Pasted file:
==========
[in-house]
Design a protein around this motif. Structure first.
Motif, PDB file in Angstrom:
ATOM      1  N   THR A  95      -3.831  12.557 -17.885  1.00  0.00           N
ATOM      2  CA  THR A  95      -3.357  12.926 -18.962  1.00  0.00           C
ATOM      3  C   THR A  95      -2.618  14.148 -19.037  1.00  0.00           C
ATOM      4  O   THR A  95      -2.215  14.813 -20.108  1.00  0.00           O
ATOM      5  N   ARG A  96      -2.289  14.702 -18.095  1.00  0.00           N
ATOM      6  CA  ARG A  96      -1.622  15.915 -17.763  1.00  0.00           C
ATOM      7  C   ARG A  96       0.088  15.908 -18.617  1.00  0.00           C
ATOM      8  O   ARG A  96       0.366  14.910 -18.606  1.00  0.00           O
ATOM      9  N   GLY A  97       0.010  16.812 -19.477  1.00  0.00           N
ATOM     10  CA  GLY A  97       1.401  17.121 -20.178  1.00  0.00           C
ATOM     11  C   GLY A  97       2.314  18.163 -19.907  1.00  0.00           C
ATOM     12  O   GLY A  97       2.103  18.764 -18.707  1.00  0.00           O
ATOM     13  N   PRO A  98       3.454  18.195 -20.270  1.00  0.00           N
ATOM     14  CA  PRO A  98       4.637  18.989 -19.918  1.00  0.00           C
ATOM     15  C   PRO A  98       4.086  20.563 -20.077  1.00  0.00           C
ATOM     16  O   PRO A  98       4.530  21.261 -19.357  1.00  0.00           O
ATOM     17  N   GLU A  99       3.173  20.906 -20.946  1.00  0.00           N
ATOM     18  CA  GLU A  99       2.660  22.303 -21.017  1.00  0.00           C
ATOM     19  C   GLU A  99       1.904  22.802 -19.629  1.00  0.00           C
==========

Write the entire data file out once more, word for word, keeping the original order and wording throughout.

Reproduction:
[in-house]
Design a protein around this motif. Structure first.
Motif, PDB file in Angstrom:
ATOM      1  N   THR A  95      -3.831  12.557 -17.885  1.00  0.00           N
ATOM      2  CA  THR A  95      -3.357  12.926 -18.962  1.00  0.00           C
ATOM      3  C   THR A  95      -2.618  14.148 -19.037  1.00  0.00           C
ATOM      4  O   THR A  95      -2.215  14.813 -20.108  1.00  0.00           O
ATOM      5  N   ARG A  96      -2.289  14.702 -18.095  1.00  0.00           N
ATOM      6  CA  ARG A  96      -1.622  15.915 -17.763  1.00  0.00           C
ATOM      7  C   ARG A  96       0.088  15.908 -18.617  1.00  0.00           C
ATOM      8  O   ARG A  96       0.366  14.910 -18.606  1.00  0.00           O
ATOM      9  N   GLY A  97       0.010  16.812 -19.477  1.00  0.00           N
ATOM     10  CA  GLY A  97       1.401  17.121 -20.178  1.00  0.00           C
ATOM     11  C   GLY A  97       2.314  18.163 -19.907  1.00  0.00           C
ATOM     12  O   GLY A  97       2.103  18.764 -18.707  1.00  0.00           O
ATOM     13  N   PRO A  98       3.454  18.195 -20.270  1.00  0.00           N
ATOM     14  CA  PRO A  98       4.637  18.989 -19.918  1.00  0.00           C
ATOM     15  C   PRO A  98       4.086  20.563 -20.077  1.00  0.00           C
ATOM     16  O   PRO A  98       4.530  21.261 -19.357  1.00  0.00           O
ATOM     17  N   GLU A  99       3.173  20.906 -20.946  1.00  0.00           N
ATOM     18  CA  GLU A  99       2.660  22.303 -21.017  1.00  0.00           C
ATOM     19  C   GLU A  99       1.904  22.802 -19.629  1.00  0.00           C